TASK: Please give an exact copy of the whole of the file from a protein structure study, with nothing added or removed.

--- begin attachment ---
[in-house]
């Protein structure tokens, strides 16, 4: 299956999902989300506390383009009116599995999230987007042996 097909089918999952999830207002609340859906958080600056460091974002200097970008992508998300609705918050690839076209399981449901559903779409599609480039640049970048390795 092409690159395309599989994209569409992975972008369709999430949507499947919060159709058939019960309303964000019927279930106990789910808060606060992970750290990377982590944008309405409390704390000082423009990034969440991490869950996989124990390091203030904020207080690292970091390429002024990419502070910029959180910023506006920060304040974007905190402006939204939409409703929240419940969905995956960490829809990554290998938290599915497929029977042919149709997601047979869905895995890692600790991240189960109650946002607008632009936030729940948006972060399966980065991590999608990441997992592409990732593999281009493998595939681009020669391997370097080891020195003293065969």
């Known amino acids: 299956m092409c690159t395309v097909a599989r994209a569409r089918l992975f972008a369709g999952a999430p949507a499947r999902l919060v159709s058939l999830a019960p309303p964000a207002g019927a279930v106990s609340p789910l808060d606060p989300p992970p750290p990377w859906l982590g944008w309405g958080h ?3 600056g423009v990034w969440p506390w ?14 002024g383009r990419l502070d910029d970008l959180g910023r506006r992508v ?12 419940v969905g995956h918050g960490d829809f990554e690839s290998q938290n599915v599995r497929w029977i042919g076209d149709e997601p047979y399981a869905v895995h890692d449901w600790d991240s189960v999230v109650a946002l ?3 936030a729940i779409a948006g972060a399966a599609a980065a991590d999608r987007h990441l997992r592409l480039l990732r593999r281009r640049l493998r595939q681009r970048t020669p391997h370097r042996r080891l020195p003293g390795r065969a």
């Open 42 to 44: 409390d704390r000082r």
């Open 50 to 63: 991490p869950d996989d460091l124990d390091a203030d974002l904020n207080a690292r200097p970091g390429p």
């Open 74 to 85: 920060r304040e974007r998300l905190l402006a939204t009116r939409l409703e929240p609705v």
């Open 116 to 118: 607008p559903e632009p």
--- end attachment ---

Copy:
[in-house]
């Protein structure tokens, strides 16, 4: 299956999902989300506390383009009116599995999230987007042996 097909089918999952999830207002609340859906958080600056460091974002200097970008992508998300609705918050690839076209399981449901559903779409599609480039640049970048390795 092409690159395309599989994209569409992975972008369709999430949507499947919060159709058939019960309303964000019927279930106990789910808060606060992970750290990377982590944008309405409390704390000082423009990034969440991490869950996989124990390091203030904020207080690292970091390429002024990419502070910029959180910023506006920060304040974007905190402006939204939409409703929240419940969905995956960490829809990554290998938290599915497929029977042919149709997601047979869905895995890692600790991240189960109650946002607008632009936030729940948006972060399966980065991590999608990441997992592409990732593999281009493998595939681009020669391997370097080891020195003293065969």
């Known amino acids: 299956m092409c690159t395309v097909a599989r994209a569409r089918l992975f972008a369709g999952a999430p949507a499947r999902l919060v159709s058939l999830a019960p309303p964000a207002g019927a279930v106990s609340p789910l808060d606060p989300p992970p750290p990377w859906l982590g944008w309405g958080h ?3 600056g423009v990034w969440p506390w ?14 002024g383009r990419l502070d910029d970008l959180g910023r506006r992508v ?12 419940v969905g995956h918050g960490d829809f990554e690839s290998q938290n599915v599995r497929w029977i042919g076209d149709e997601p047979y399981a869905v895995h890692d449901w600790d991240s189960v999230v109650a946002l ?3 936030a729940i779409a948006g972060a399966a599609a980065a991590d999608r987007h990441l997992r592409l480039l990732r593999r281009r640049l493998r595939q681009r970048t020669p391997h370097r042996r080891l020195p003293g390795r065969a």
């Open 42 to 44: 409390d704390r000082r």
């Open 50 to 63: 991490p869950d996989d460091l124990d390091a203030d974002l904020n207080a690292r200097p970091g390429p």
């Open 74 to 85: 920060r304040e974007r998300l905190l402006a939204t009116r939409l409703e929240p609705v």
């Open 116 to 118: 607008p559903e632009p």